• Students as young as six acted out drug and rape scenes from the game.8

It is also noteworthy how some observers have recognized similarities between the virtual riots enacted in Grand Theft Auto and the real life riots over the death of Michael Brown in Ferguson, Missouri.

More crimes tied to other video games can be seen in the following cases:

  • After his Call of Duty game was taken away, a 13-year-old boy shot his own mother multiple times, killed her, and proceeded to attempt to rape her;9
  • The father of a two-year old son punched his child in the face, killing him, in order to stop him from crying while he was playing his video game;10
  • A 17-year-old in China was stabbed through the skull with a kitchen knife after being caught cheating in an Internet café while playing an online game;11
  • A 16-year-old boy killed his mother with a hammer while she was sleeping after she took his Play Station away;12
  • A couple in South Korea allowed their real child to starve to death while they were feeding a “virtual” child on a game called Second Life;13
  • An 8-year-old hung himself after he was scolded for spending too much time playing video games.14

Gaming to Death

Video game addiction can be so overpowering that players sometimes lose their most basic instinct of self-preservation.  Dozens of people have injured and killed themselves playing video games as can be seen in these examples:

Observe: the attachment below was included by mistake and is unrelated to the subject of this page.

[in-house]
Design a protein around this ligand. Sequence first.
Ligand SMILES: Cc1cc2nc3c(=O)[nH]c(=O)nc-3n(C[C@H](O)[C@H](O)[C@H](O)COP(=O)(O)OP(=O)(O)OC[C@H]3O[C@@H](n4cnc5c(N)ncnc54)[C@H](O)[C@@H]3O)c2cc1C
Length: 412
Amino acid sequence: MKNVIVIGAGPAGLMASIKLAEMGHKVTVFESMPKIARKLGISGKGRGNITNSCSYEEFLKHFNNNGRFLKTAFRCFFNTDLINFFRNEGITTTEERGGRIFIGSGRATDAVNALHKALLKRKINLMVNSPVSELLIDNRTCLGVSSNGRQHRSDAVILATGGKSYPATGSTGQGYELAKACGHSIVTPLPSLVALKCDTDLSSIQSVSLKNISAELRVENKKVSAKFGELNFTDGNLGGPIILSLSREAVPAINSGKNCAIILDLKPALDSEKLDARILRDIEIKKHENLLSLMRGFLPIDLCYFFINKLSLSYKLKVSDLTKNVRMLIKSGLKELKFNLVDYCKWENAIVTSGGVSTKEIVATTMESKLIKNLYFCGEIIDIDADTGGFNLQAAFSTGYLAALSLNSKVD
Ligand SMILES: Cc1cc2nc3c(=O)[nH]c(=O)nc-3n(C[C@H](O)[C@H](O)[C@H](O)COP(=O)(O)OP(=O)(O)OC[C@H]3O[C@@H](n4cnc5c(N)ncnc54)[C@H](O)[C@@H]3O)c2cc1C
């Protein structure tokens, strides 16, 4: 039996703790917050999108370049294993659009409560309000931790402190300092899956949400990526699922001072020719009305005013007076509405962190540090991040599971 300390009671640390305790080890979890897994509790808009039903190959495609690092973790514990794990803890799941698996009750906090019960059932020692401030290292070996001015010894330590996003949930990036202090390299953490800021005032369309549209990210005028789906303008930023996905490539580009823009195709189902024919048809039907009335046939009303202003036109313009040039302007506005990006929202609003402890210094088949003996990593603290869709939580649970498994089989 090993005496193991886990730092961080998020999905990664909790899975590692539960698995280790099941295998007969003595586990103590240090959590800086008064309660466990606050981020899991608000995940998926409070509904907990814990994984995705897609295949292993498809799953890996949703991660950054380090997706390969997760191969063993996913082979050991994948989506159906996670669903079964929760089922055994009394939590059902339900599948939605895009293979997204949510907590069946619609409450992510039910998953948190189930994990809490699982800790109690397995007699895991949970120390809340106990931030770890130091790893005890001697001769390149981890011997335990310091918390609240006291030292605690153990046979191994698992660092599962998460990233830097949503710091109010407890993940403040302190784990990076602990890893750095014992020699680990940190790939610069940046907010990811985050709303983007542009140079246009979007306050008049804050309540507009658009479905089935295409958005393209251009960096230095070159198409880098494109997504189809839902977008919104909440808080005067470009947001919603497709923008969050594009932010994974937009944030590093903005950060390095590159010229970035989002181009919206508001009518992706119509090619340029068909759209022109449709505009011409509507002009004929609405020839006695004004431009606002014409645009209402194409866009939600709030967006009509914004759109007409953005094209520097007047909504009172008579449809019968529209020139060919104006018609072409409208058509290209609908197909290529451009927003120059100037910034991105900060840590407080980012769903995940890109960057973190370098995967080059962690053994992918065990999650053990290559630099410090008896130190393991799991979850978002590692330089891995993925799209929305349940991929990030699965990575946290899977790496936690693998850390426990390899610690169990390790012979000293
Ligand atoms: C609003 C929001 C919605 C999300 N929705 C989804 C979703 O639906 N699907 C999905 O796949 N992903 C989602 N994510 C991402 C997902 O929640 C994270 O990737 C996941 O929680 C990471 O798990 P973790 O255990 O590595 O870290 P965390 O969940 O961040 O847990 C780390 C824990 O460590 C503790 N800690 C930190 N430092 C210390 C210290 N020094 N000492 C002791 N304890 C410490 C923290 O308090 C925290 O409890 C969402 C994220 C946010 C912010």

• A young man was found slumped over his keyboard at an Internet café after playing for over 15 hours. He died of an heart attack caused by lack of sleep and dehydration;15
  • A 20-year-old died from a blood clot after playing 12-hour binges, sometimes staying up all night on the computer;16
  • Another man died after a 40-hour binge playing a game called Diablo III.  He passed out at a computer terminal at an Internet café. When an employee woke him up, he promptly stood up, took a few steps and collapsed and died;17
  • A man in China played for an unbelievable 27 days straight (650 hours of consecutive gaming), and died of heart failure and malnutrition;
  • A 13-year-old girl, while playing video games, called to her mother, “Mom, I can’t breathe.” She had a severe heart attack and later died.

When Imagination Overpowers the Mind